The Protection of Personal Information Act is a piece of South African regulation that has been spoken about at length over the better part of the past decade, but in recent years it seems like discourse over POPIA (or POPI) has died down slightly.
It really shouldn’t have though, especially with the far reaching effects of a similar regulation in GDPR is having a significant influence in how technology companies conduct their business and handle data.
POPIA is expected to prove as pivotal when it comes into effect, and as local technology asset disposal experts Xperien warns, the time has finally come for South African businesses to act upon it.
This as the proposed 1st April 2020 date (yes we thought it was an odd choice of date too) for POPIA to be finalised and brought to the fore inches closer. Added to this is the fact that chairperson of the Information Regulator, advocate Pansy Tlakula, has already sent a request to President Cyril Ramaphosa to bring the outstanding aspects of the POPIA into effect.
According to Xperien CEO Wale Arewa, after the aforementioned commencement date, companies will have 12 months to get their systems and processes in place to comply with the Act for the processing and storing of personal information.
“The POPIA Act will ensure that companies are responsible when collecting, processing, storing and sharing personal information and once the Act is effective, they will be held accountable. The penalties will be harsh, lack of compliance will lead to fines of up to R10 million and a jail sentence of up to 10 years,” he warns.
Speaking specifically to the storage elements contained within POPIA, the Xperien CEO notes that new corporate policies for data storage will be required, especially with piles of hard drives and SSDs lying around storage rooms and data centres.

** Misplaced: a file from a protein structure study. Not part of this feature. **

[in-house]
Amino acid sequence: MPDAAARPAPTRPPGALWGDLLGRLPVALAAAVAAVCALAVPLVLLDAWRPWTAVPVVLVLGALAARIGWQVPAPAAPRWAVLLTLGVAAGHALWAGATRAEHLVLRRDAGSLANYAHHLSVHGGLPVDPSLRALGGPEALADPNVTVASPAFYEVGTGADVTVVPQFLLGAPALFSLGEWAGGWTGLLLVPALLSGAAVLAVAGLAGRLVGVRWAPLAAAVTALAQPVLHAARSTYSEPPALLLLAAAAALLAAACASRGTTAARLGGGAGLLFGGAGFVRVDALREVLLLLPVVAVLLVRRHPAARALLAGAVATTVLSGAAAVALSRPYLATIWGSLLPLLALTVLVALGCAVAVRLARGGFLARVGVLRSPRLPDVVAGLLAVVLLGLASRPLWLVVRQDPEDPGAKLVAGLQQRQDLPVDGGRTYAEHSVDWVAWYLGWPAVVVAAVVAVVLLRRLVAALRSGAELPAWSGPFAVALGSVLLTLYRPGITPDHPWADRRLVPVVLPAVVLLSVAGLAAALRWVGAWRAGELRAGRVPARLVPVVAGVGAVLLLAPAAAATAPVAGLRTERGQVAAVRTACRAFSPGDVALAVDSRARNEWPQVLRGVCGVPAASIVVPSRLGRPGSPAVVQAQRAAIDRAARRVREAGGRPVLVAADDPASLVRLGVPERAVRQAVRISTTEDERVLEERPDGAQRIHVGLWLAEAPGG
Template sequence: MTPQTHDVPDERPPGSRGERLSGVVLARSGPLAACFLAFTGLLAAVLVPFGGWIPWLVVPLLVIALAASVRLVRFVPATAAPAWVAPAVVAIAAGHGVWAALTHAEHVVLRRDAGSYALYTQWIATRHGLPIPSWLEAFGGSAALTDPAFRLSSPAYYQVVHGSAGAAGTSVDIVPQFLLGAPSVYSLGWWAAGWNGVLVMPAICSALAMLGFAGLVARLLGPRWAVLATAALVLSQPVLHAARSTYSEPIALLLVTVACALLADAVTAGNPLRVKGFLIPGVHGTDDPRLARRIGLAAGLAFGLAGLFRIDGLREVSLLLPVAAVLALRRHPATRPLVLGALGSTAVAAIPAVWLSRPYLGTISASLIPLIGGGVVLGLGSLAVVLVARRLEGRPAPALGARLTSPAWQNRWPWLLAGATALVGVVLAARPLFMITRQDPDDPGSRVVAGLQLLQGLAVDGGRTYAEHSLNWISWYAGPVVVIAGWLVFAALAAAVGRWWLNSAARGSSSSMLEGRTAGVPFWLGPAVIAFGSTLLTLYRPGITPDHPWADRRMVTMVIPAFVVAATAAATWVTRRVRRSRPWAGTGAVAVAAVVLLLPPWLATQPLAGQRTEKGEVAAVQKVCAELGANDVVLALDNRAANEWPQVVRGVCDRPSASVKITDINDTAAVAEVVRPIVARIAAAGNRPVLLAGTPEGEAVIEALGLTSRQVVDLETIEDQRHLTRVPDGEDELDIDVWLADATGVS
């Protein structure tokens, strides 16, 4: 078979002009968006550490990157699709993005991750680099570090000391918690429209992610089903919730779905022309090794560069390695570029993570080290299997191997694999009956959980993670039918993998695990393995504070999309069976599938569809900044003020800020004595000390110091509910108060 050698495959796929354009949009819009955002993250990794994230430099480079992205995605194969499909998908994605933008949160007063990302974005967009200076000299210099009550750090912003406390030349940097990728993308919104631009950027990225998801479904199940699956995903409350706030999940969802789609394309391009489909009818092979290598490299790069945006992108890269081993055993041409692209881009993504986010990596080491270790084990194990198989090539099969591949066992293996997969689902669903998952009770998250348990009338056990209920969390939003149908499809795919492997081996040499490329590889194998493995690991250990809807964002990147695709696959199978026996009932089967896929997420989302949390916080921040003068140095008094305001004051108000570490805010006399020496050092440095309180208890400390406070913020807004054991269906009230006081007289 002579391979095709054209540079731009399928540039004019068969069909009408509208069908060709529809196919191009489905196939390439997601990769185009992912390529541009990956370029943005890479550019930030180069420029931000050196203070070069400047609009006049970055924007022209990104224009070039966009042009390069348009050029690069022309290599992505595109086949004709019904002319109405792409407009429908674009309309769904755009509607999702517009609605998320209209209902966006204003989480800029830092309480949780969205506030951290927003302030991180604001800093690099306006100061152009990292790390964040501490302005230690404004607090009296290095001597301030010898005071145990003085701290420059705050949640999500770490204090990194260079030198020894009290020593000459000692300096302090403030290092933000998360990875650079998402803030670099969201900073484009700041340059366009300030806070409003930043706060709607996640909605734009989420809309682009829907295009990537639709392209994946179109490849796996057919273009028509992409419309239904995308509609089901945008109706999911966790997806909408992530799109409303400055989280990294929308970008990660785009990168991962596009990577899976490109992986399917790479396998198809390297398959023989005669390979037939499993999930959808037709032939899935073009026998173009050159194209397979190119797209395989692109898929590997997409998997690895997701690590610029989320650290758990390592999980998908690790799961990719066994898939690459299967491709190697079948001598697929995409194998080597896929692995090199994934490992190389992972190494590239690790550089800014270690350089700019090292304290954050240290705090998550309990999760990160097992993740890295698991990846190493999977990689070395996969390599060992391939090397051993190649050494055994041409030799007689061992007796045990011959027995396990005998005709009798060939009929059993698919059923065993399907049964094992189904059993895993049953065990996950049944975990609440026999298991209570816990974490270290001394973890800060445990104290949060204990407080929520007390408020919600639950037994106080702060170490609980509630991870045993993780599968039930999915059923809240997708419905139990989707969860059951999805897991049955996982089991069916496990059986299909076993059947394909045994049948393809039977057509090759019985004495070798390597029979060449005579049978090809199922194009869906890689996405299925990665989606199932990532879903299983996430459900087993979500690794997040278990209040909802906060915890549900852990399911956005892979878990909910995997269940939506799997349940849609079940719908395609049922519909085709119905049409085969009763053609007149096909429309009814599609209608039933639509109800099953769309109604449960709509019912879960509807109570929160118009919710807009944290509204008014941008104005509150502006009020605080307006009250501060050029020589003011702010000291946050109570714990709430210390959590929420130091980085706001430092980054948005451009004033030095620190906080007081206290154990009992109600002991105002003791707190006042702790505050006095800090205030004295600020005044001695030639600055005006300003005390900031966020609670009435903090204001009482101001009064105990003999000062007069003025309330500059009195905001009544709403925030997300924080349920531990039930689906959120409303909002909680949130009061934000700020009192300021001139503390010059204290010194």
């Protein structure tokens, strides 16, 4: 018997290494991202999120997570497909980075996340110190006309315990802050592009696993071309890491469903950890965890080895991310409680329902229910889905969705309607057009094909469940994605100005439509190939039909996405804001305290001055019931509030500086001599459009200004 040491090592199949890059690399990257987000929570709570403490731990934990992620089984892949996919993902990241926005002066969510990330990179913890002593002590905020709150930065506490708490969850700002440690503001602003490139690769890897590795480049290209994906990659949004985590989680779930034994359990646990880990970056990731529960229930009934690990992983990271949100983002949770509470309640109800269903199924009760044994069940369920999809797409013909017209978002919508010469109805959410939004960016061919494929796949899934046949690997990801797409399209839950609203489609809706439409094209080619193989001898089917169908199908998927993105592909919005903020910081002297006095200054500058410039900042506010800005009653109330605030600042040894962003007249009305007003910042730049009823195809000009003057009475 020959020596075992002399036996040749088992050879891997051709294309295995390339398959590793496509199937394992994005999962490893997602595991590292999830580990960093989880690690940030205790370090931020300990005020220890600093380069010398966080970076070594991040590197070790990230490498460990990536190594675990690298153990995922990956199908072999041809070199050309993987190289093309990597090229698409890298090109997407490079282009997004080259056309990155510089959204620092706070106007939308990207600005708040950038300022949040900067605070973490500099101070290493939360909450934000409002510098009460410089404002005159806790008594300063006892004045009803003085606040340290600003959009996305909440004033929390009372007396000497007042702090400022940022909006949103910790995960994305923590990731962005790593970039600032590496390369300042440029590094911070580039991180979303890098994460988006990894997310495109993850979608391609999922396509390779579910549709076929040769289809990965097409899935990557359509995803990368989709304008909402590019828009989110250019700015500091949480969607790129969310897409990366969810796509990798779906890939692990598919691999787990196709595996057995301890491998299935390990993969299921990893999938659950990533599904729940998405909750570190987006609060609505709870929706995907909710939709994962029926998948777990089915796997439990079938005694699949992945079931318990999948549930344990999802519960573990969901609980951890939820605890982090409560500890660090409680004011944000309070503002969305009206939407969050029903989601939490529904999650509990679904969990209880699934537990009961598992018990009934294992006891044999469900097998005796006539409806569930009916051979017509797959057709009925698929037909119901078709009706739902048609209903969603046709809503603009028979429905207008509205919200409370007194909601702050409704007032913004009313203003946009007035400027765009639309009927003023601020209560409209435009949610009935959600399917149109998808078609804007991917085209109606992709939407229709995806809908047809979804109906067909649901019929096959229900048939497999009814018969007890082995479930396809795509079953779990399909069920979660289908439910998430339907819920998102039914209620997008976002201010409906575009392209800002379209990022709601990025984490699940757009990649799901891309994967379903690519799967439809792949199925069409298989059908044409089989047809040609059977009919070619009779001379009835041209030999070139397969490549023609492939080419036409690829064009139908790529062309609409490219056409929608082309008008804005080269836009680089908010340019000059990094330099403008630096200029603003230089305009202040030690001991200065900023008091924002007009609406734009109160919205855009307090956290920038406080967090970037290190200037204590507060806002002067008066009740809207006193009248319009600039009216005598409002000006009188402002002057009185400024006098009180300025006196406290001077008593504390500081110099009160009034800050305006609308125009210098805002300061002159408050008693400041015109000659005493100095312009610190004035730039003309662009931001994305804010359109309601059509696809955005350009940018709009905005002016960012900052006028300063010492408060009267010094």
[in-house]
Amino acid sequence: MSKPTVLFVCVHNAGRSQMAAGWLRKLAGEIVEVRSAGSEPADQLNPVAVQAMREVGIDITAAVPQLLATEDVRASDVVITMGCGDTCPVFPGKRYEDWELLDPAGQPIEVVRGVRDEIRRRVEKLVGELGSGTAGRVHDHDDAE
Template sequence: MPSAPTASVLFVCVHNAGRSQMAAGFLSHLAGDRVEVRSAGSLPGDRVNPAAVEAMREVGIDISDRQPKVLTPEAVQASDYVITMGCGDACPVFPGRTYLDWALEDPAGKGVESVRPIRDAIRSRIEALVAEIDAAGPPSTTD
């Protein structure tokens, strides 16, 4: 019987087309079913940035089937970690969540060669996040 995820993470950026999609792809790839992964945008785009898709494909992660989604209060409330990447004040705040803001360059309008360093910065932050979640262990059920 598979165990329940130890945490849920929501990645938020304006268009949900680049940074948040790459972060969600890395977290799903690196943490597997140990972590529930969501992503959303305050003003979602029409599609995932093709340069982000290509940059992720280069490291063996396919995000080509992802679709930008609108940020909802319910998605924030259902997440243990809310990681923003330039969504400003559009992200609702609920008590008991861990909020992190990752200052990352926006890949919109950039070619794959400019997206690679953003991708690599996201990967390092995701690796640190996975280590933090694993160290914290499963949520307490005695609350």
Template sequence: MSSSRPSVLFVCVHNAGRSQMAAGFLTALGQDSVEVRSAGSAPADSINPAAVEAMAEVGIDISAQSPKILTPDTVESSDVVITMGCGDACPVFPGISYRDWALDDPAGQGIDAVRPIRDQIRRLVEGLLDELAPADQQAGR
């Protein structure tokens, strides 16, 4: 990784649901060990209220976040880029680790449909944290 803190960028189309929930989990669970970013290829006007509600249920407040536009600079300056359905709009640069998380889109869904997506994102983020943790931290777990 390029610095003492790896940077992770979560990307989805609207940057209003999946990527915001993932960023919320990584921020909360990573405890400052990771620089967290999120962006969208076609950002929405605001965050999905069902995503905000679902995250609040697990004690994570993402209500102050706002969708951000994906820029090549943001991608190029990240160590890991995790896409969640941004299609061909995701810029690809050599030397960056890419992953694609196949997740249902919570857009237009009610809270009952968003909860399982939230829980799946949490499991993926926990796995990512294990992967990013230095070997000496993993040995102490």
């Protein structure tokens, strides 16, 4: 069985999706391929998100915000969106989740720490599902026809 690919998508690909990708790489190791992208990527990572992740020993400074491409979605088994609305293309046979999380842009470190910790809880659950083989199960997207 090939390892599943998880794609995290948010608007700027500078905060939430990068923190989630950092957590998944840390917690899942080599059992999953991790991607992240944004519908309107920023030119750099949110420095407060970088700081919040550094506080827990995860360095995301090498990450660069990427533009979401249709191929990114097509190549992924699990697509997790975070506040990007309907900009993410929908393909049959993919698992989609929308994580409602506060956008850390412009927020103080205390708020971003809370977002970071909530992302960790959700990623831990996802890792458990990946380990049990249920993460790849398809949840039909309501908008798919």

“Disposing of old computer equipment used to be a mindless process, but those methods of the past are no longer an option with the introduction of new laws and regulations. The days of piling it up in storage or simply selling it off to staff or second-hand retailers or even dumping it in a landfill, are over,” he points out.
Data at end-of-life will become a massive challenge for most businesses, big and small, he adds. This as it is often assumed that once data has been marked for disposal, it no longer requires much attention. Arewa stresses that it is essential for data security and the protection of personal, proprietary and confidential information that data is permanently destroyed, deleted or erased from devices.
“Even using the old hard drives for target practice or drilling holes in them will not satisfy the prescriptions of the PoPI Act and nor does a factory reset,” says the Xperien CEO.
With POPIA looming once again, Arewa points to the expensive lessons that some companies have learned as a result of GDPR, particularly if local businesses do not want to incur massive penalties.
“It might make sense to have one compliance project that covers all bases, POPI and the GDPR alike,” he concludes.